Have blog networks really failed?

Paul Scrivens on Wisdump has started (continued?) the conversation/meme that blog networks have failed:

All the blog networks after WIN and Gawker spent so much time trying to make something from little bits and pieces that they forgot to evaluate what might be important to them. You can build 100s of sites, but what does that change? It just means you have 100s of sites to micro-manage now which takes away your resources.

Many blog network owners knew this yet they continued to push on and add more sites before making any of the previous ones relevant. Almost like how project managers add more coders to a project thinking it will get done faster.
Source: Why Blog Networks Failed » Wisdump

As you all know, I’m a part of b5 media (Pimp Your Work and Homely Scientist are my blogs and I’m the Channel Editor for Writing and Literature—feed) so excuse any bias I might have.  That said, however, I think there is some valid critism of blog networks, including b5.  It is hard to manage a large blog network with lots of niche blogs.  You have wide ranges of traffic, blogger engagement, blog quality—all of these things make it hard to monetize the network.

WIN and Gawker had the benefit of flagship blogs that could, to some degree, carry the rest of the network.  I think the primary benefit of any blog network is the aggregation of audience and resources.  Looking at a network overall, you are attractive to advertisers.  Hosting blogs together, you can take advantage of economies of scale for hosting, etc.  Matt Mullenweg is right in pointing out many networks’ flaw—management.  Management of any network is a real challenge.  An ongoing challenge.

It’s too early to tell if blog networks have failed.  Paul is showing his own 9Rules bias in his post. He didn’t talk about Federated Media.  That network model appears to be working just fine.  This is not to say b5 isn’t working, Paul just didn’t point out FM.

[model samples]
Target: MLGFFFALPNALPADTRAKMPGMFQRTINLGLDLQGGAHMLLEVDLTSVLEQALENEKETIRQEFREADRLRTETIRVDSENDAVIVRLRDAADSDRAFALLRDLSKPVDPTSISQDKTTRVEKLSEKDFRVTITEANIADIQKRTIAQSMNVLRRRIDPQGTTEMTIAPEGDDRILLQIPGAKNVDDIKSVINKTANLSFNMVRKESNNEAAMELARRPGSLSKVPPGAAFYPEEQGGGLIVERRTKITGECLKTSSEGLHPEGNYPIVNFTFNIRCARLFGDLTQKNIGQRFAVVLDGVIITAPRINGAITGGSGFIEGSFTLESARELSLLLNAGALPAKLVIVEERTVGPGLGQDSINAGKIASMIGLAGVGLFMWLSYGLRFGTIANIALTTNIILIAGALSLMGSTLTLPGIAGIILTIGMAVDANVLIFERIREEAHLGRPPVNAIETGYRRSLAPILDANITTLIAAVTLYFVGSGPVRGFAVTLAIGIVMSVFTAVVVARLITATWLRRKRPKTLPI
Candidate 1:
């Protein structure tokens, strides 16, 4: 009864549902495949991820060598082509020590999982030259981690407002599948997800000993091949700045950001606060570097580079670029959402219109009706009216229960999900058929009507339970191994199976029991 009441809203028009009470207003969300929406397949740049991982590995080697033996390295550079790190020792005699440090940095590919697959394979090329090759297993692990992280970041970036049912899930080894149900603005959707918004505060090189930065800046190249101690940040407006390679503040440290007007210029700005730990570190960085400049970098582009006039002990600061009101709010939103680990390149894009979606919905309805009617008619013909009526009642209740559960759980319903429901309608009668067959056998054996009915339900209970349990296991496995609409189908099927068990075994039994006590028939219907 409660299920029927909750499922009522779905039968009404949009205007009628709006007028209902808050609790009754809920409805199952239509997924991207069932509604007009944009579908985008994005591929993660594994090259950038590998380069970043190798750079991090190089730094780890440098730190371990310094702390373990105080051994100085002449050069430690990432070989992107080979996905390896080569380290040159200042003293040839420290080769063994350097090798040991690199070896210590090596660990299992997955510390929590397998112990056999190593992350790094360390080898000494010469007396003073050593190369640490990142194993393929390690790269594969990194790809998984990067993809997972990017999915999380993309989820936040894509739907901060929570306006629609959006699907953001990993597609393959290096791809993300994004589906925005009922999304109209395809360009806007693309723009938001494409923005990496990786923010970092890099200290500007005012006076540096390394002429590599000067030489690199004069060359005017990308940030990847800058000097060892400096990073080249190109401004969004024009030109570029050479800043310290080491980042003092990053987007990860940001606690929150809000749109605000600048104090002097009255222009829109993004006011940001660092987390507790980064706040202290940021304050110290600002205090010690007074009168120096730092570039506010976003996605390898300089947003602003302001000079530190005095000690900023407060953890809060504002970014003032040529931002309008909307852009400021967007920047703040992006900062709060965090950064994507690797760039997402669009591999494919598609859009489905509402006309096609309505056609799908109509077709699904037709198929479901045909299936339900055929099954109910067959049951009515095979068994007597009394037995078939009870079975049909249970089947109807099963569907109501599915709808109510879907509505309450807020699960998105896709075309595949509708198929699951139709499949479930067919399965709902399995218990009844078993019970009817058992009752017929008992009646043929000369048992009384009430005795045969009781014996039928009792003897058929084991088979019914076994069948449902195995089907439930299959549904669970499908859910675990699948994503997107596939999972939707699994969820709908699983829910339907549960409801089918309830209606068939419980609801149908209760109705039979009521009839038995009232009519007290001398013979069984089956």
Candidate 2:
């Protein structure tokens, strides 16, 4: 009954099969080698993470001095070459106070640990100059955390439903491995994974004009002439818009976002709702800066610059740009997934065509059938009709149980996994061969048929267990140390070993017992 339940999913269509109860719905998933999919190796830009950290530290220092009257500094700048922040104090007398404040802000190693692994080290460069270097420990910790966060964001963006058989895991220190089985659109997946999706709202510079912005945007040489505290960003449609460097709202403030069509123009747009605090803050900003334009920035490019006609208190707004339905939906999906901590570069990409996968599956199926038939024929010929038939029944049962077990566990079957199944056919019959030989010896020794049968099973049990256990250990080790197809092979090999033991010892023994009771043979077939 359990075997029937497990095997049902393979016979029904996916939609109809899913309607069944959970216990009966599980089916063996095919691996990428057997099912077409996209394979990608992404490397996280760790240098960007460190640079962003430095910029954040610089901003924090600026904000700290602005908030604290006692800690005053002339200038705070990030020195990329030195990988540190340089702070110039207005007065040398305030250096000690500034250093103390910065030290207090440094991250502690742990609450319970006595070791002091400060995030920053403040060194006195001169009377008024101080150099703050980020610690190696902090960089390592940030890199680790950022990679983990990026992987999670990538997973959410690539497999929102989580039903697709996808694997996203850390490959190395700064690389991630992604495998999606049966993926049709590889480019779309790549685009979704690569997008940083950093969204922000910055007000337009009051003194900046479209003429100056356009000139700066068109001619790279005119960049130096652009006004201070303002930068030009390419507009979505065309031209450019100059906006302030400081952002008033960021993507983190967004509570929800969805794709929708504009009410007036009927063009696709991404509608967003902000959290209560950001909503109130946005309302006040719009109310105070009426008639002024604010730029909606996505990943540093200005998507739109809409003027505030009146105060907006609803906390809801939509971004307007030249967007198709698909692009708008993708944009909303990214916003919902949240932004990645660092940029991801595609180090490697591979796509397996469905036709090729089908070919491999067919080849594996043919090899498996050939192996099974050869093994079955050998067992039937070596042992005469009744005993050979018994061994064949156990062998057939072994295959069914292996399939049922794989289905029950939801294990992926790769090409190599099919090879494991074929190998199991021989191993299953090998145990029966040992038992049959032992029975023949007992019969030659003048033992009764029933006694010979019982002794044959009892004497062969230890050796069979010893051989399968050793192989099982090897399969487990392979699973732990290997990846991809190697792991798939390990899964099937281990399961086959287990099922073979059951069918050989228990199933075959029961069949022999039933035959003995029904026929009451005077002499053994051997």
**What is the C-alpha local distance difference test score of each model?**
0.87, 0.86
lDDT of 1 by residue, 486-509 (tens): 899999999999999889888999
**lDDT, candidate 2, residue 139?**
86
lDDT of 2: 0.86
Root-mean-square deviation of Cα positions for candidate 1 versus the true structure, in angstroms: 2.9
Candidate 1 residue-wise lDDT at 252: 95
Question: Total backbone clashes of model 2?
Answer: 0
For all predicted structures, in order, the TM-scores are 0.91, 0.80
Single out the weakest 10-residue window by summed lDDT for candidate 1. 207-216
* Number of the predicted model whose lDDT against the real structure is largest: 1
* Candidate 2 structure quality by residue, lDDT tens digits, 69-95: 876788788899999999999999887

Personally, I think blog networks haven’t failed, but they aren’t completely proven either.  The models are in flux.  Do you launch lots of niche blogs (like b5) or do you build off a couple big anchor blogs (Gawker and WIN) or do you build a “federation” of sorts (9Rules and FM)?

The bottom line really is, how do you build traffic across a network and increase ad revenue?  Ad networks that cater to blogs aren’t doing a great job of leveraging all the blogs they have.  They are all fighting for advertisers and the advertisers know it.

So perhaps the real questions isn’t whether blog networks have failed, but whether there are better ways for bloggers (whether solo or in a network) to leverage advertising.

See also BloggingPro and 901am.

Comments

  1. Duncan says:

    Tris
    Paul didn’t talk about FM because it isn’t a blog network by any stretch of the imagination. It’s an advertising network, in the same field as BlogAds and Glam. Of course I’ve taken issue with 9rules being called a blog network in the past, but I can say with full strength that 9rules is much more a blog network than FM will ever be.

  2. Great question. I really like 9Rules. I don’t know how well they’re doing numbers wise, but there’s quite a bit of activity. I’m not sure how bloggers can leverage advertising. I’ve often wondered about creating strategic alliances with a group of bloggers and brainstorming ways that our combined efforts could be greater than the sum of our individual effort. I’m not there yet, myself, but perhaps some day.

  3. Rick Calvert says:

    A blog network will fail for the same reasons any publisher fails; lack of readers and/or advertisers; too much overhead; overpaid writers and managers.

    There are tons of small magazine publishers today with tiny readerships that do quite well.

    If you keep your management and overhead costs reasonable compared to your readership and advertiser base and you are an authority and influential in your space you can do just fine without the kind of numbers that make the VC’s drool.

    Not every company needs to go public to make a good living for its owners and employees.

    That is exactly the beauty of a well run blog network or independent blog. You don’t need expensive offices, printing costs, mailing costs or all the other things that come along with magazine, book, or newspaper publishing.

    one guy in his house can make a living. Or lots of guys in their respective houses can pool their resources and have it managed by a good team with good ad sales and all make even more together than they might individually.

    Advertisers like dealing with fewer rather than more people than they have to.

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